This is the whole transmission: front gear box with 5 gears (not only 4 like the normal 2CV) - transmission is 16mm spring steel (to permit for flexion). The rear gear box is almost empty: only direct transmission from the front via the 3rd gear and the differential. So it looks something like this:

    [​IMG]

    or to get the spirit:

    [​IMG]

    this is a "high speed" 4WD: there is a reduction on the trans-axle: it turns 1/3 the speed of the wheels. I can put it into action ***without the need to clutch*** at any speed (tested myself up to 90 km/h). Like the first Subaru, there is no differential between front and back. I use Dölüggs 99.95 % in front wheel drive - but if ever need arises, there are means!

    There are 6 or 7 more or less professional kits to build a four wheel drive 2CV. Only the twin engine 2CV Sahara and the mechanically not so reliable Mehari 4x4 were proposed by the manufacturer.

    Dölüggs is one of only 2 constructions made for high speed 4x4 and one of about 30 worldwide equipped with the "Weber 4x4". Dölüggs is the first "roadworthy in Switzerland" with all the necessary stamps.

    -- to be continued... and: comment - if you dare --
     
    Last edited: Jan 16, 2015
  7. Draenor

    Draenor KILL ALL HUMANS!!!!

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    So that tiny rod connects the front and rear transaxles?
     
  8. Dölüggs

    Dölüggs I'm NEW... What now?

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    Jepp. Easy mathematics: if and when the 4x4 is engaged, 36 hp / 2 = 18 hp to transmit to the rear gearbox. With a lot of security margin.

    The 16mm diameter is calculated to be sturdy enough, yet flexible, so that the bearing in the middle does by no means bend the axle, but serves only to avoid flutter at high speed. At the same time, the small diameter is less susceptible for unbalances. The 6° angle between front and rear gearbox provides the necessary pre-load. There are no articulated joints on the axle: less parts, less weight. This follows the original 2CV-construction-principle "anything you don't have, can't break".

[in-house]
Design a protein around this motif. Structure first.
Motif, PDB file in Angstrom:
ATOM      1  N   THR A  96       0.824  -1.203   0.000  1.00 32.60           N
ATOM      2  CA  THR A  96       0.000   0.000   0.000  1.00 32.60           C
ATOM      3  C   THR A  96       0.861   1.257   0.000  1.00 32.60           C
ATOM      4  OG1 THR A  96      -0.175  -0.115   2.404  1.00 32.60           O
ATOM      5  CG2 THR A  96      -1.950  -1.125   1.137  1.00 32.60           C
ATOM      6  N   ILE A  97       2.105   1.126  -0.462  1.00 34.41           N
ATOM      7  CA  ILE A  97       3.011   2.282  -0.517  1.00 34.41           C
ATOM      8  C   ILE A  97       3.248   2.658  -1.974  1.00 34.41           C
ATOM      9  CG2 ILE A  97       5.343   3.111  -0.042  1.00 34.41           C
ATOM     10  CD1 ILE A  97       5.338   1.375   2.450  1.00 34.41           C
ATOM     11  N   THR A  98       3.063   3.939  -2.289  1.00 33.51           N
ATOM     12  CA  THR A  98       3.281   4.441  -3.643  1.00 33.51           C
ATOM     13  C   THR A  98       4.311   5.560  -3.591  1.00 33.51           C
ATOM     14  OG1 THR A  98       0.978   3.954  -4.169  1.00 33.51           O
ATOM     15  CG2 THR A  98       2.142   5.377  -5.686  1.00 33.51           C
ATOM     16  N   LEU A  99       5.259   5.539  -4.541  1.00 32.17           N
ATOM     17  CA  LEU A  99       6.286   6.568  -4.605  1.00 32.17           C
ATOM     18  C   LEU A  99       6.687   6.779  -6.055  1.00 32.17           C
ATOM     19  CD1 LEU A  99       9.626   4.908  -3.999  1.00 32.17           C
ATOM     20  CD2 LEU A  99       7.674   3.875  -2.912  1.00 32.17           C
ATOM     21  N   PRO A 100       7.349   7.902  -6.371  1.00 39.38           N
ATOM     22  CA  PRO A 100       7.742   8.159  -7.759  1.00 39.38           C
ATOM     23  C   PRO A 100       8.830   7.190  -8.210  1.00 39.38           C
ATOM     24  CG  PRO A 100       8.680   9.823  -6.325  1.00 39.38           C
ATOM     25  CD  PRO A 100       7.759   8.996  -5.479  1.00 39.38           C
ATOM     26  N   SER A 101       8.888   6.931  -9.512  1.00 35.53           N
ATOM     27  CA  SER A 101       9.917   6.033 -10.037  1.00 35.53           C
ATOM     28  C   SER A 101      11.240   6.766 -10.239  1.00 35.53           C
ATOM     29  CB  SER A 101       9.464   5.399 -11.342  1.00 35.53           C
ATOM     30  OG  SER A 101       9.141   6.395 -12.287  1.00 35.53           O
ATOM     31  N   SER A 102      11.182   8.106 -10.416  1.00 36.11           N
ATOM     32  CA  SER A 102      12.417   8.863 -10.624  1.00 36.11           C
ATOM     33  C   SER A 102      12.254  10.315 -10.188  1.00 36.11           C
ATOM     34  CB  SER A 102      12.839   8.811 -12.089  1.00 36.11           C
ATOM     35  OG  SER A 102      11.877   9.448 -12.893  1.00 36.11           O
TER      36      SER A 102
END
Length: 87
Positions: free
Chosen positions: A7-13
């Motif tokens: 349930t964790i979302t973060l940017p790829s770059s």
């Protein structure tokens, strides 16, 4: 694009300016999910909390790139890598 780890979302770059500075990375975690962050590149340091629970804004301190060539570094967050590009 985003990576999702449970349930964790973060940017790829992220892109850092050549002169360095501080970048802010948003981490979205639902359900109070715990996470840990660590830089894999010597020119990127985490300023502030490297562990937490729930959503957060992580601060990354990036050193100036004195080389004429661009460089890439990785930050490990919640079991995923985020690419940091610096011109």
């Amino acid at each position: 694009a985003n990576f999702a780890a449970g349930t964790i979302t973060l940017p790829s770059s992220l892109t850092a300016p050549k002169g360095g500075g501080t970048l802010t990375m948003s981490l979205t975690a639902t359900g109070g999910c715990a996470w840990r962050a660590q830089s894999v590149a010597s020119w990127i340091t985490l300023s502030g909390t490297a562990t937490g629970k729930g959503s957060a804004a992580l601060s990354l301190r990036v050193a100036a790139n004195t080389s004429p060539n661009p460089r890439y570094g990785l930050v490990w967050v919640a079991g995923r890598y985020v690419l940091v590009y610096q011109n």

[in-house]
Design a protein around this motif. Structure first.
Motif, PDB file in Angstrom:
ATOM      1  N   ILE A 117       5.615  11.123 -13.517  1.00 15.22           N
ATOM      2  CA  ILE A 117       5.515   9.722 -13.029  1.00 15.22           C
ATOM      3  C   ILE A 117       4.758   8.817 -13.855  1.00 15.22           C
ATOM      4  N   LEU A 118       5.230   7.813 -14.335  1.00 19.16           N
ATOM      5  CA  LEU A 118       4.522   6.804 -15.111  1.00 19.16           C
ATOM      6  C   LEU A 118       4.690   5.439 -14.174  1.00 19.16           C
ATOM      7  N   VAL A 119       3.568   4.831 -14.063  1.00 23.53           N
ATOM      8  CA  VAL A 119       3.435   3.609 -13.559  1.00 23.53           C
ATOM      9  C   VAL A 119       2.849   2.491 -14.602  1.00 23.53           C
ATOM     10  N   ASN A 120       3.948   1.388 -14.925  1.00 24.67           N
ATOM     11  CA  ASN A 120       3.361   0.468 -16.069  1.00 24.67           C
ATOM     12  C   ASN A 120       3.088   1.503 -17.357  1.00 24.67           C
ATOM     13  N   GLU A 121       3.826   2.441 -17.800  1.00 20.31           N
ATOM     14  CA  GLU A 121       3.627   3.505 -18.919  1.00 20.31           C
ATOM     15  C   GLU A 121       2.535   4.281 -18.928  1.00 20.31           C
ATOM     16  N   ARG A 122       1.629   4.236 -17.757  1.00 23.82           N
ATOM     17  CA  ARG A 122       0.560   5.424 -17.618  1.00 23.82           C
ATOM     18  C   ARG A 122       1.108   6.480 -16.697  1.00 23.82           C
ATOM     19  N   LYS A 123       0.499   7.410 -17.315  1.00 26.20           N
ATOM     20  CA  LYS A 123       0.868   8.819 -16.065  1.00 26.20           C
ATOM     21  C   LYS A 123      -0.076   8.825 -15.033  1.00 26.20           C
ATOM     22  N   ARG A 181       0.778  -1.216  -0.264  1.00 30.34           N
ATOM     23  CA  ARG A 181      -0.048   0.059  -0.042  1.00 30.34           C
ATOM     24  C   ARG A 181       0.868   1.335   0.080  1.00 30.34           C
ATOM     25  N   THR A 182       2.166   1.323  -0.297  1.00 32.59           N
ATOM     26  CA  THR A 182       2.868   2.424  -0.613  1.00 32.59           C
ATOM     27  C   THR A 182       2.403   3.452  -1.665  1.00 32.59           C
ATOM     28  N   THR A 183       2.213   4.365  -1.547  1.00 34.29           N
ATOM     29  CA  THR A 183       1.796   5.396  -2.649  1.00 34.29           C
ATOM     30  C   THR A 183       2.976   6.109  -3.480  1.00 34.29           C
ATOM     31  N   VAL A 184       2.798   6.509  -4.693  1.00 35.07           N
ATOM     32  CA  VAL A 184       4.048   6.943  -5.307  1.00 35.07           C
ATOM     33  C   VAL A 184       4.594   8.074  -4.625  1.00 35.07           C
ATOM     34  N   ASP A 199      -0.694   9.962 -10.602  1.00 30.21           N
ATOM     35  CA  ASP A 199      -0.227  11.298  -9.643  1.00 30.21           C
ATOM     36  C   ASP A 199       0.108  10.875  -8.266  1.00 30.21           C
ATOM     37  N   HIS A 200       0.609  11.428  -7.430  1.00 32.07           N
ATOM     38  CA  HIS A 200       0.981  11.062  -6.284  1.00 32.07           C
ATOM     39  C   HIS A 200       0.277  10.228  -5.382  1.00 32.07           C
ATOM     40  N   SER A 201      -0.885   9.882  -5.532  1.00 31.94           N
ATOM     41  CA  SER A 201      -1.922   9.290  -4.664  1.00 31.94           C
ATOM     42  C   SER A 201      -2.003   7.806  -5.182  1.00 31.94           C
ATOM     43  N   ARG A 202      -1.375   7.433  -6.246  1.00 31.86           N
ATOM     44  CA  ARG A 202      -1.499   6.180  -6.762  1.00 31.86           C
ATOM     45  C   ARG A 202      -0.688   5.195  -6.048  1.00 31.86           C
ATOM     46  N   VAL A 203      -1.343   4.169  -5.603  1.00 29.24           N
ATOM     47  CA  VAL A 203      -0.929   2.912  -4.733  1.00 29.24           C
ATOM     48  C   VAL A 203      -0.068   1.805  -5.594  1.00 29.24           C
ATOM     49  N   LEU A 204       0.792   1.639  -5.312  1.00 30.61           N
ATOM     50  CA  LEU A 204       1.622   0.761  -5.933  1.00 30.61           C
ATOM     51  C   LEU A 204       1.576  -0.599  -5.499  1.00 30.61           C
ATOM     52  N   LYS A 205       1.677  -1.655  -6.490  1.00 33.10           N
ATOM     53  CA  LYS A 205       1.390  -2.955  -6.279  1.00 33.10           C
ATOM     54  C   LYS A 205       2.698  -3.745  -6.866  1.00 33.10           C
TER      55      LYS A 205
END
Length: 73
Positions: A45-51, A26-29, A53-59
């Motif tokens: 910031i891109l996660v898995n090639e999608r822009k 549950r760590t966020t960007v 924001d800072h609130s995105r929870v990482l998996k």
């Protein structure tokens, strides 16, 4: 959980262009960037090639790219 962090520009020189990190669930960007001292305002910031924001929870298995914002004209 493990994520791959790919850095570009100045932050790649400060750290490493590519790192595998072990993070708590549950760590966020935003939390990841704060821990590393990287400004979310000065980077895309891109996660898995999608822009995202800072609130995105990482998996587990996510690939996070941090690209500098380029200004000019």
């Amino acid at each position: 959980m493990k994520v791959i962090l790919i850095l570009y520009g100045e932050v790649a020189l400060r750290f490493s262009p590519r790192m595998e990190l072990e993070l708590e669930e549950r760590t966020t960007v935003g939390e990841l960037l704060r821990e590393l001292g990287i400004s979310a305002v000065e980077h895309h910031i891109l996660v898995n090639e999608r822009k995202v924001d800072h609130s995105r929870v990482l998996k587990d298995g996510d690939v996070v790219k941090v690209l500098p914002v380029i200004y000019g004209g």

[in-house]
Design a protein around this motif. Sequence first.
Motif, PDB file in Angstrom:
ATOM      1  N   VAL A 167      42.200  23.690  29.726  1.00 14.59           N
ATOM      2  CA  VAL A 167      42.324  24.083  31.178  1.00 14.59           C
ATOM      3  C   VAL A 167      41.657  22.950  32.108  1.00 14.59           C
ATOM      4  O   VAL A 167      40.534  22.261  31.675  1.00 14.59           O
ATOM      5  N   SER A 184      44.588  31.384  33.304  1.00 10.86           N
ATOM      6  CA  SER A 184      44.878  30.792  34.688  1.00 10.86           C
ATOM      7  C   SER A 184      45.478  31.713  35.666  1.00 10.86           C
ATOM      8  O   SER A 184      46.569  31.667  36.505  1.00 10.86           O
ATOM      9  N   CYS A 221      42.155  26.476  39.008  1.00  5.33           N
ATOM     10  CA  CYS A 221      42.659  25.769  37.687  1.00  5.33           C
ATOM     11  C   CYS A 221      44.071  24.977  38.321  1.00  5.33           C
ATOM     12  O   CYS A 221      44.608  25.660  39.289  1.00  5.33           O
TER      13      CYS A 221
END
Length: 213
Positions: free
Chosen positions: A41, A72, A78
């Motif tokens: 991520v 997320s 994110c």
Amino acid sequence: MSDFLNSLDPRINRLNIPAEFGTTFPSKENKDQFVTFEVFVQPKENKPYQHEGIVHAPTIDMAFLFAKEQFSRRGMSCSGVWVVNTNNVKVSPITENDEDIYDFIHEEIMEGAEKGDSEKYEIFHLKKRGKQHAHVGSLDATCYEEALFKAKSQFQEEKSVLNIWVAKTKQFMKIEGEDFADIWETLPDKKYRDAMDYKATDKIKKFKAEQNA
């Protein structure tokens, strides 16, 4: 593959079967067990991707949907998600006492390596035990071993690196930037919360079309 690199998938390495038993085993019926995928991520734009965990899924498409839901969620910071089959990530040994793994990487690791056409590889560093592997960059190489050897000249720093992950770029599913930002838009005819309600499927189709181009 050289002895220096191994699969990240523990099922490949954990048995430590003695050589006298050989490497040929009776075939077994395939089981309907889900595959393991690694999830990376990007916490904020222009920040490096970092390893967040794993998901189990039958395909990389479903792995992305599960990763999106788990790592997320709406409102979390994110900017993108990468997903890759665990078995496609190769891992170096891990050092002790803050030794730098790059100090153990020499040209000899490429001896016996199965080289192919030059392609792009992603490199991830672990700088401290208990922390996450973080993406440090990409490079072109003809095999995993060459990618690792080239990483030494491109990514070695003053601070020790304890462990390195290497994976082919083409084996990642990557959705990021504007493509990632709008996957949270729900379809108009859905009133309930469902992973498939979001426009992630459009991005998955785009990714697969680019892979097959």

The material is spring steel. Have a look at the diameter of transmission rods on formula 1 cars: they transmit hundreds of horse-powers with only slightly bigger diameters.

    cheers...
     
  9. Dölüggs

    Dölüggs I'm NEW... What now?

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    Just to make matters worse: this is a schematic of the "5-gears-in-a 4-gear-box".

    A project Citroën, the original manufacturer, abandoned as being "too complicated". When they proposed a 5th gear on the Citroën GS (whose transmission was derived from the 2CV) in the late seventies, they did it by adding an additional housing just for the 5th gear...

    [​IMG]

    Driving direction is to the right. The upper axe comes from the motor (even further to the right); the lower axe leads to the differential (between motor and gears). Left hand side: the additional casing for engaging the 4x4 with identical pieces on the front an the back gearbox. That is to say: in 2x4 (front wheel drive), the transmission stands still. Which is exactly as it was meant to be. The 5th gear is by no means dependent on the 4x4. Each combination (4 gears without 4x4 - 4 gears with 4x4 - 5 gears without 4x4 - 5 gears with 4x4) works just fine.

    -- next stop: body works. (the lot...)
     
    Last edited: Jan 20, 2015
  10. Dölüggs

    Dölüggs I'm NEW... What now?

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    one for the road...

    [​IMG]

    rolling chassis:

    - air cooled flat twin 552ccm (equals 33.685in³ - so certainly the smallest toy hauler in this forum :D). 35 proud horses
    - 4 wheels 145x15 - 4 disk brakes - 4 wheel drive - 5 gears.

    Motor to the left and completely in front of the front axle: this assures a forward centre of gravity and therefore good traction even in 2x4. The heavy duty support to the right (above the rear gearbox) serves to fix (for the time being) four different bodies. The console in the middle is for the additional rear hand brake: the 2CV manually braking to the front axle. The red lever on the console is for engaging the 4x4: without clutching! at any speed! And under the 2nd hand brake two chromed levers to brake one wheel on the rear at the time: sort of "poor mans differential lock" - old school like they did on tractors. Also in the console is the middle bearing for the transmission. All in all 17cm high, 35 cm long, 6 cm large, so that the console fits between the original 2CV seats without further modification.

    You can also see the complete suspension with radial arms, horizontal spring-pot (grey, in the middle) and hydraulic shock absorbers (same colour as the wheels). The only additional fortification compared to the original chassis is 2 u-shaped steel bars in the chassis between the spring-pot and the rear support.
     
    Last edited: Feb 23, 2015